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Report: Changing the Channels

How Big Media Helps Big Food Target Kids (and What to Do about It)

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Two young children watching TV from the carpet, with their parents on the couch behind them

Food and beverage companies spend nearly $2 billion a year marketing to children. Previous studies have found that the majority of foods and beverages advertised during children’s television programming are of poor nutritional quality—i.e., high in calories, saturated fat, sodium, or added sugars or low in fruits, vegetables, and whole grains.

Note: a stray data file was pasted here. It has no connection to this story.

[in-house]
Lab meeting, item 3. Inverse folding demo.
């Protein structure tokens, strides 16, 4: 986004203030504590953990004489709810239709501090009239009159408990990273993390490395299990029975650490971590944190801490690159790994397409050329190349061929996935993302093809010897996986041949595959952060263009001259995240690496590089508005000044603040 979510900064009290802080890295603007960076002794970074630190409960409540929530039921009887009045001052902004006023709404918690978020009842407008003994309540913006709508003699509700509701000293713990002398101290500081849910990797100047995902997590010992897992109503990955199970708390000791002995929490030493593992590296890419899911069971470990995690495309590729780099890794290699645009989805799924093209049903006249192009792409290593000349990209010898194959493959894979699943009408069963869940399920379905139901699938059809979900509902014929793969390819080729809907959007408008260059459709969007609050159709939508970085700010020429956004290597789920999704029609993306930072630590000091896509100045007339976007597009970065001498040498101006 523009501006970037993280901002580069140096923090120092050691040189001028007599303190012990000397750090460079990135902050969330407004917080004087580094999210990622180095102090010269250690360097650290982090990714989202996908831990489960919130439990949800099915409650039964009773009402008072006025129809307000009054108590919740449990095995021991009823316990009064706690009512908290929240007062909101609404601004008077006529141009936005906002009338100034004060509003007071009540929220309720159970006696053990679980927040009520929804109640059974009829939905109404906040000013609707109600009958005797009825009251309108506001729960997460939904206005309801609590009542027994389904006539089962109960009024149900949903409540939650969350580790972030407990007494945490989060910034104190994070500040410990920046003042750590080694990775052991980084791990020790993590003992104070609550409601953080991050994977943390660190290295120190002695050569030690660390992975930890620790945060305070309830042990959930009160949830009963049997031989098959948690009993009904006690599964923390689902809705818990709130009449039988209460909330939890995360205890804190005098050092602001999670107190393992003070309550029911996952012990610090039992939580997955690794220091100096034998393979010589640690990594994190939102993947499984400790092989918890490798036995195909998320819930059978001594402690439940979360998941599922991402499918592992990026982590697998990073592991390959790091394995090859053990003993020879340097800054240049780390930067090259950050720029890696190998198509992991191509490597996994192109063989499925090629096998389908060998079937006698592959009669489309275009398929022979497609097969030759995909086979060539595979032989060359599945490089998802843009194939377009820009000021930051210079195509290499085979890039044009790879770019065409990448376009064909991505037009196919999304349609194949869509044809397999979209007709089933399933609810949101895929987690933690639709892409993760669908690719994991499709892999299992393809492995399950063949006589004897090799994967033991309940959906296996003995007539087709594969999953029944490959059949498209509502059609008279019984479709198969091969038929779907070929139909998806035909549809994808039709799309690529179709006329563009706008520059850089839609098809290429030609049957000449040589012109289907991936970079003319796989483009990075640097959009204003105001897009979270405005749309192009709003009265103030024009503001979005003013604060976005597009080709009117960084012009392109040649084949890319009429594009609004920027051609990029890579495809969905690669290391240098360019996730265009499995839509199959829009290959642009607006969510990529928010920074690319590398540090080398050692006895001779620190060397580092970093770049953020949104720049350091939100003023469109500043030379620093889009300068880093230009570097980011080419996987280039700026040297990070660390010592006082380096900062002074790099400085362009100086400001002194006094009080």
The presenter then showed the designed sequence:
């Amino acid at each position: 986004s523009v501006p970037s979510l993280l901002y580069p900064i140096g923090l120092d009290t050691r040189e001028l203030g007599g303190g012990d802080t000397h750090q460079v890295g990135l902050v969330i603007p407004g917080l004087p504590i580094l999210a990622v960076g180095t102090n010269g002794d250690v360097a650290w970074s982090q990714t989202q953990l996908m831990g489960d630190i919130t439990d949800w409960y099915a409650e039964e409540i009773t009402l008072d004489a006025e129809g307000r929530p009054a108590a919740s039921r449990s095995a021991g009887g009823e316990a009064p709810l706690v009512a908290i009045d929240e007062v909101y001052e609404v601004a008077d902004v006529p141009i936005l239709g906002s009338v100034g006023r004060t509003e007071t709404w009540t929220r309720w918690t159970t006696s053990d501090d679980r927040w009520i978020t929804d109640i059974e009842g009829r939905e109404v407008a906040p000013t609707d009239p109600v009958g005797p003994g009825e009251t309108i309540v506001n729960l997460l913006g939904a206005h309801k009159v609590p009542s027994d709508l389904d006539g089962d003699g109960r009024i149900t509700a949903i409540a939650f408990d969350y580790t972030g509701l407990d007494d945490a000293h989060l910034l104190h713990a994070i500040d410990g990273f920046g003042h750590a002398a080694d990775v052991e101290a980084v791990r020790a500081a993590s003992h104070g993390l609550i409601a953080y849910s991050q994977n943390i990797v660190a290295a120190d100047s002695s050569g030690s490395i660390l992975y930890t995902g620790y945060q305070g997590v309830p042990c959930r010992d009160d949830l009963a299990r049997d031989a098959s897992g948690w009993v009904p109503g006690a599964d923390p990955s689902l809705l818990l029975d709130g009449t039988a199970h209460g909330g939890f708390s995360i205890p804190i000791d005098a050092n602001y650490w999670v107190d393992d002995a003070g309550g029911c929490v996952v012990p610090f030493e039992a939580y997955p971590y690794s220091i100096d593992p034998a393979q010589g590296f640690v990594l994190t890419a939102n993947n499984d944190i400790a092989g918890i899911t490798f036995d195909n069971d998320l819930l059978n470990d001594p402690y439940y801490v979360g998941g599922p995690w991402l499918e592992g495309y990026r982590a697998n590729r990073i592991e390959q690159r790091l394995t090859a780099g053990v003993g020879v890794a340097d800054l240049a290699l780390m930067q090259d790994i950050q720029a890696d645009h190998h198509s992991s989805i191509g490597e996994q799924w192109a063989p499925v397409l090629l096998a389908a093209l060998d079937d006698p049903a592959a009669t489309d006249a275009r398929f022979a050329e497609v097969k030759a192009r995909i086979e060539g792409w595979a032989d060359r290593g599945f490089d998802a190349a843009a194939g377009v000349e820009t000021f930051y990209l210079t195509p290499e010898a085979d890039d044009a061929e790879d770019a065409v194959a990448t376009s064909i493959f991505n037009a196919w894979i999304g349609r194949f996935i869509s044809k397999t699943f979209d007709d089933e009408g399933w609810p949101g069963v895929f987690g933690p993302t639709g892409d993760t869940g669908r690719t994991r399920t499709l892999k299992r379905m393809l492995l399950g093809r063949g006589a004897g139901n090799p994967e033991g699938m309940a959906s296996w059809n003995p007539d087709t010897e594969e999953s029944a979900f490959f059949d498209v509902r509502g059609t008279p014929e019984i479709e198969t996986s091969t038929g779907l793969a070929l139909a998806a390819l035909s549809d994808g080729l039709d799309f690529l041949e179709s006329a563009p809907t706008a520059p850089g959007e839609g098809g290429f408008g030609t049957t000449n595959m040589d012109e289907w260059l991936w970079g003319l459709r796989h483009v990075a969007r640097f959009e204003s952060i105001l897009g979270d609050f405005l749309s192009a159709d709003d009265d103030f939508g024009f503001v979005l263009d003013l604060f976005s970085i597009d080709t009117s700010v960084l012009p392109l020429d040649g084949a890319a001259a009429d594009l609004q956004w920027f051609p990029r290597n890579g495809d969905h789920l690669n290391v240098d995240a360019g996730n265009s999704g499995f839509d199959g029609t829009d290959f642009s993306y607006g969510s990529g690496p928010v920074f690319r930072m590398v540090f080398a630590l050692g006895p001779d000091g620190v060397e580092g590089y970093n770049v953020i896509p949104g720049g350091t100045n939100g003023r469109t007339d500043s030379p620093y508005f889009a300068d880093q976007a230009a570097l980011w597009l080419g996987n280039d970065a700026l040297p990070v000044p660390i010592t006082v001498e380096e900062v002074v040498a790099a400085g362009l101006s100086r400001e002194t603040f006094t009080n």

This study assesses the nutritional quality of food and beverage advertisements during children’s television and whether they have improved since the Children’s Food and Beverage Advertising Initiative (CFBAI) implemented its 2013 Uniform Nutrition Criteria.

See also: the Food Marketing to Children Report Card, which assesses each TV channel a letter grade.